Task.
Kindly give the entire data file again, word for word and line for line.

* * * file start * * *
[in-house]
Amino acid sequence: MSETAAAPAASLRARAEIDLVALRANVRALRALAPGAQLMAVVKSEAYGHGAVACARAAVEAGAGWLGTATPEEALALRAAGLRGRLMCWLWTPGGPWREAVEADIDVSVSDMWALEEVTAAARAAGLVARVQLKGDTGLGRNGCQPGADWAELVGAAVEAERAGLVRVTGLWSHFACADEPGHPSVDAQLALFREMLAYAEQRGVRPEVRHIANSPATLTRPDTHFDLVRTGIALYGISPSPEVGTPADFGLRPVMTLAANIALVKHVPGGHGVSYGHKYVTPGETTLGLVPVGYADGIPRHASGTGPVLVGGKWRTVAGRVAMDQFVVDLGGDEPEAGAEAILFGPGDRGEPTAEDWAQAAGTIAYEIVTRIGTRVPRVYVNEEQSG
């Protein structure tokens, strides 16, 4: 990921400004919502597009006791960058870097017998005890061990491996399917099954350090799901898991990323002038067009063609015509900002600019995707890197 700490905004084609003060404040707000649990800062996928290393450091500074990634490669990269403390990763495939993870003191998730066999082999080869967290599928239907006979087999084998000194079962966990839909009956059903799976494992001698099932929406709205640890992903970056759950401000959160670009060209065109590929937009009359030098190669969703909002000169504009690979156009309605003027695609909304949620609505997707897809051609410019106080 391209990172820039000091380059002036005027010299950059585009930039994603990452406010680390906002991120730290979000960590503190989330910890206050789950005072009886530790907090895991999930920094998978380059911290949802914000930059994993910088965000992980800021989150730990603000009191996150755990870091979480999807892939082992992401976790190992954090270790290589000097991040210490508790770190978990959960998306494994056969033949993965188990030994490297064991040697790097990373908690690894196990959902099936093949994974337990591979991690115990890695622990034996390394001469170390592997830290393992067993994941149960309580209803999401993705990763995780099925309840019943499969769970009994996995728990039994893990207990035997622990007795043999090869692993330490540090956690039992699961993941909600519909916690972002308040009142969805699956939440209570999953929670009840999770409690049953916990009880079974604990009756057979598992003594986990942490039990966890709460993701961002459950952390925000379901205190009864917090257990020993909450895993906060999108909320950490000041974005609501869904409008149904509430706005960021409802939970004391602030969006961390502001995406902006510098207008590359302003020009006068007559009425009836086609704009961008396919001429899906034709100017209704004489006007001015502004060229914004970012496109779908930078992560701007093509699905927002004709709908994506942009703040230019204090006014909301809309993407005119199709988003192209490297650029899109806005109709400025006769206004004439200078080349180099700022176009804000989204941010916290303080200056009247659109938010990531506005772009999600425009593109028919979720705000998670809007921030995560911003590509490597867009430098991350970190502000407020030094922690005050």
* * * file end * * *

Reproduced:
[in-house]
Amino acid sequence: MSETAAAPAASLRARAEIDLVALRANVRALRALAPGAQLMAVVKSEAYGHGAVACARAAVEAGAGWLGTATPEEALALRAAGLRGRLMCWLWTPGGPWREAVEADIDVSVSDMWALEEVTAAARAAGLVARVQLKGDTGLGRNGCQPGADWAELVGAAVEAERAGLVRVTGLWSHFACADEPGHPSVDAQLALFREMLAYAEQRGVRPEVRHIANSPATLTRPDTHFDLVRTGIALYGISPSPEVGTPADFGLRPVMTLAANIALVKHVPGGHGVSYGHKYVTPGETTLGLVPVGYADGIPRHASGTGPVLVGGKWRTVAGRVAMDQFVVDLGGDEPEAGAEAILFGPGDRGEPTAEDWAQAAGTIAYEIVTRIGTRVPRVYVNEEQSG
């Protein structure tokens, strides 16, 4: 990921400004919502597009006791960058870097017998005890061990491996399917099954350090799901898991990323002038067009063609015509900002600019995707890197 700490905004084609003060404040707000649990800062996928290393450091500074990634490669990269403390990763495939993870003191998730066999082999080869967290599928239907006979087999084998000194079962966990839909009956059903799976494992001698099932929406709205640890992903970056759950401000959160670009060209065109590929937009009359030098190669969703909002000169504009690979156009309605003027695609909304949620609505997707897809051609410019106080 391209990172820039000091380059002036005027010299950059585009930039994603990452406010680390906002991120730290979000960590503190989330910890206050789950005072009886530790907090895991999930920094998978380059911290949802914000930059994993910088965000992980800021989150730990603000009191996150755990870091979480999807892939082992992401976790190992954090270790290589000097991040210490508790770190978990959960998306494994056969033949993965188990030994490297064991040697790097990373908690690894196990959902099936093949994974337990591979991690115990890695622990034996390394001469170390592997830290393992067993994941149960309580209803999401993705990763995780099925309840019943499969769970009994996995728990039994893990207990035997622990007795043999090869692993330490540090956690039992699961993941909600519909916690972002308040009142969805699956939440209570999953929670009840999770409690049953916990009880079974604990009756057979598992003594986990942490039990966890709460993701961002459950952390925000379901205190009864917090257990020993909450895993906060999108909320950490000041974005609501869904409008149904509430706005960021409802939970004391602030969006961390502001995406902006510098207008590359302003020009006068007559009425009836086609704009961008396919001429899906034709100017209704004489006007001015502004060229914004970012496109779908930078992560701007093509699905927002004709709908994506942009703040230019204090006014909301809309993407005119199709988003192209490297650029899109806005109709400025006769206004004439200078080349180099700022176009804000989204941010916290303080200056009247659109938010990531506005772009999600425009593109028919979720705000998670809007921030995560911003590509490597867009430098991350970190502000407020030094922690005050």